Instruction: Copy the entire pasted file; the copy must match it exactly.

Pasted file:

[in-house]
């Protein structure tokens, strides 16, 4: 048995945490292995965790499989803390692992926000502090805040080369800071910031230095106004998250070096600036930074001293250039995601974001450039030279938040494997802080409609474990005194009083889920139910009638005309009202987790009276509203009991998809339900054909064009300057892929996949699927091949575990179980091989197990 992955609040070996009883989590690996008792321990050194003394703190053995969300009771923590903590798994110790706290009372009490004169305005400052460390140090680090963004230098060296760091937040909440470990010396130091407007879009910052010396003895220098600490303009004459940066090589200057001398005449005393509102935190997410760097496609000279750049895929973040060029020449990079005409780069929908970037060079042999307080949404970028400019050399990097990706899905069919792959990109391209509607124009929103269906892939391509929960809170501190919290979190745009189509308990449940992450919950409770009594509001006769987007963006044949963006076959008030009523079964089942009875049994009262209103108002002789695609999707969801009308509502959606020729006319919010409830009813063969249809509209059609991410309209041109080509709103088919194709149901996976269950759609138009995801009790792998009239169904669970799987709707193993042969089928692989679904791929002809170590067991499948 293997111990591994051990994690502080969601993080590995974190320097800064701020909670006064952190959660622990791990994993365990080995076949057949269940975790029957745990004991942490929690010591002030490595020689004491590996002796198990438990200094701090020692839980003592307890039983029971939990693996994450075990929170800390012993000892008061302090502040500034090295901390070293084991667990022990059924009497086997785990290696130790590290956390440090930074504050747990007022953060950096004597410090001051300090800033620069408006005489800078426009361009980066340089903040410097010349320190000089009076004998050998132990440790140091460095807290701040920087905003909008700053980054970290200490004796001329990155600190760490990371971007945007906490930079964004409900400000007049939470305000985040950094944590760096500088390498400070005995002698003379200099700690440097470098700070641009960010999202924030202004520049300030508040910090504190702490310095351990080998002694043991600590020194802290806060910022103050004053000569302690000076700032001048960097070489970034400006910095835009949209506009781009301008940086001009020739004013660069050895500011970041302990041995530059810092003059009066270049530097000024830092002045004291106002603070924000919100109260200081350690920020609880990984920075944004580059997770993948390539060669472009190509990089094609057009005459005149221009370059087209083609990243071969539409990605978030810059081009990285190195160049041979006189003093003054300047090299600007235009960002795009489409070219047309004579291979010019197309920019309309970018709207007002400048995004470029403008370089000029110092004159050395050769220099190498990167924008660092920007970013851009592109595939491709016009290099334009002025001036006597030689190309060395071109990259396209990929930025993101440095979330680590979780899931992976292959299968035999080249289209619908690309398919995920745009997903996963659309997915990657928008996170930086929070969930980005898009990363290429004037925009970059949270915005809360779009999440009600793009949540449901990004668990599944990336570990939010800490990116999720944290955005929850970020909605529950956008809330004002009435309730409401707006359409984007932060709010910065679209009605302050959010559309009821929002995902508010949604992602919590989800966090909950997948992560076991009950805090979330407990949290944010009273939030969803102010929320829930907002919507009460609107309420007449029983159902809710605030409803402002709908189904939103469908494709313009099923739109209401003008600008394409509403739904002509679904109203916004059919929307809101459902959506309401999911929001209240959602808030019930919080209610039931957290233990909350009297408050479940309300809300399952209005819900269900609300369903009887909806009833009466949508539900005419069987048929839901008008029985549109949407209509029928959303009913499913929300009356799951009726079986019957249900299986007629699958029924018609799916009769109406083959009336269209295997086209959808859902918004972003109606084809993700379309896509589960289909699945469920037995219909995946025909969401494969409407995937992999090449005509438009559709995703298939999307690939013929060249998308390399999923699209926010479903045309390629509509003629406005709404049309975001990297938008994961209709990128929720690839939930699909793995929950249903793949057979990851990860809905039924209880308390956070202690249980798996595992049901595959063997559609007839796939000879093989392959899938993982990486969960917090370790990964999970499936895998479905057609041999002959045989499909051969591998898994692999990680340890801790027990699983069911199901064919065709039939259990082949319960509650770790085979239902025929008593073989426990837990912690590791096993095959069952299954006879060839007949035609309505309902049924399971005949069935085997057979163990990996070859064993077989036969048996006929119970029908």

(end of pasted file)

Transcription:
[in-house]
């Protein structure tokens, strides 16, 4: 048995945490292995965790499989803390692992926000502090805040080369800071910031230095106004998250070096600036930074001293250039995601974001450039030279938040494997802080409609474990005194009083889920139910009638005309009202987790009276509203009991998809339900054909064009300057892929996949699927091949575990179980091989197990 992955609040070996009883989590690996008792321990050194003394703190053995969300009771923590903590798994110790706290009372009490004169305005400052460390140090680090963004230098060296760091937040909440470990010396130091407007879009910052010396003895220098600490303009004459940066090589200057001398005449005393509102935190997410760097496609000279750049895929973040060029020449990079005409780069929908970037060079042999307080949404970028400019050399990097990706899905069919792959990109391209509607124009929103269906892939391509929960809170501190919290979190745009189509308990449940992450919950409770009594509001006769987007963006044949963006076959008030009523079964089942009875049994009262209103108002002789695609999707969801009308509502959606020729006319919010409830009813063969249809509209059609991410309209041109080509709103088919194709149901996976269950759609138009995801009790792998009239169904669970799987709707193993042969089928692989679904791929002809170590067991499948 293997111990591994051990994690502080969601993080590995974190320097800064701020909670006064952190959660622990791990994993365990080995076949057949269940975790029957745990004991942490929690010591002030490595020689004491590996002796198990438990200094701090020692839980003592307890039983029971939990693996994450075990929170800390012993000892008061302090502040500034090295901390070293084991667990022990059924009497086997785990290696130790590290956390440090930074504050747990007022953060950096004597410090001051300090800033620069408006005489800078426009361009980066340089903040410097010349320190000089009076004998050998132990440790140091460095807290701040920087905003909008700053980054970290200490004796001329990155600190760490990371971007945007906490930079964004409900400000007049939470305000985040950094944590760096500088390498400070005995002698003379200099700690440097470098700070641009960010999202924030202004520049300030508040910090504190702490310095351990080998002694043991600590020194802290806060910022103050004053000569302690000076700032001048960097070489970034400006910095835009949209506009781009301008940086001009020739004013660069050895500011970041302990041995530059810092003059009066270049530097000024830092002045004291106002603070924000919100109260200081350690920020609880990984920075944004580059997770993948390539060669472009190509990089094609057009005459005149221009370059087209083609990243071969539409990605978030810059081009990285190195160049041979006189003093003054300047090299600007235009960002795009489409070219047309004579291979010019197309920019309309970018709207007002400048995004470029403008370089000029110092004159050395050769220099190498990167924008660092920007970013851009592109595939491709016009290099334009002025001036006597030689190309060395071109990259396209990929930025993101440095979330680590979780899931992976292959299968035999080249289209619908690309398919995920745009997903996963659309997915990657928008996170930086929070969930980005898009990363290429004037925009970059949270915005809360779009999440009600793009949540449901990004668990599944990336570990939010800490990116999720944290955005929850970020909605529950956008809330004002009435309730409401707006359409984007932060709010910065679209009605302050959010559309009821929002995902508010949604992602919590989800966090909950997948992560076991009950805090979330407990949290944010009273939030969803102010929320829930907002919507009460609107309420007449029983159902809710605030409803402002709908189904939103469908494709313009099923739109209401003008600008394409509403739904002509679904109203916004059919929307809101459902959506309401999911929001209240959602808030019930919080209610039931957290233990909350009297408050479940309300809300399952209005819900269900609300369903009887909806009833009466949508539900005419069987048929839901008008029985549109949407209509029928959303009913499913929300009356799951009726079986019957249900299986007629699958029924018609799916009769109406083959009336269209295997086209959808859902918004972003109606084809993700379309896509589960289909699945469920037995219909995946025909969401494969409407995937992999090449005509438009559709995703298939999307690939013929060249998308390399999923699209926010479903045309390629509509003629406005709404049309975001990297938008994961209709990128929720690839939930699909793995929950249903793949057979990851990860809905039924209880308390956070202690249980798996595992049901595959063997559609007839796939000879093989392959899938993982990486969960917090370790990964999970499936895998479905057609041999002959045989499909051969591998898994692999990680340890801790027990699983069911199901064919065709039939259990082949319960509650770790085979239902025929008593073989426990837990912690590791096993095959069952299954006879060839007949035609309505309902049924399971005949069935085997057979163990990996070859064993077989036969048996006929119970029908």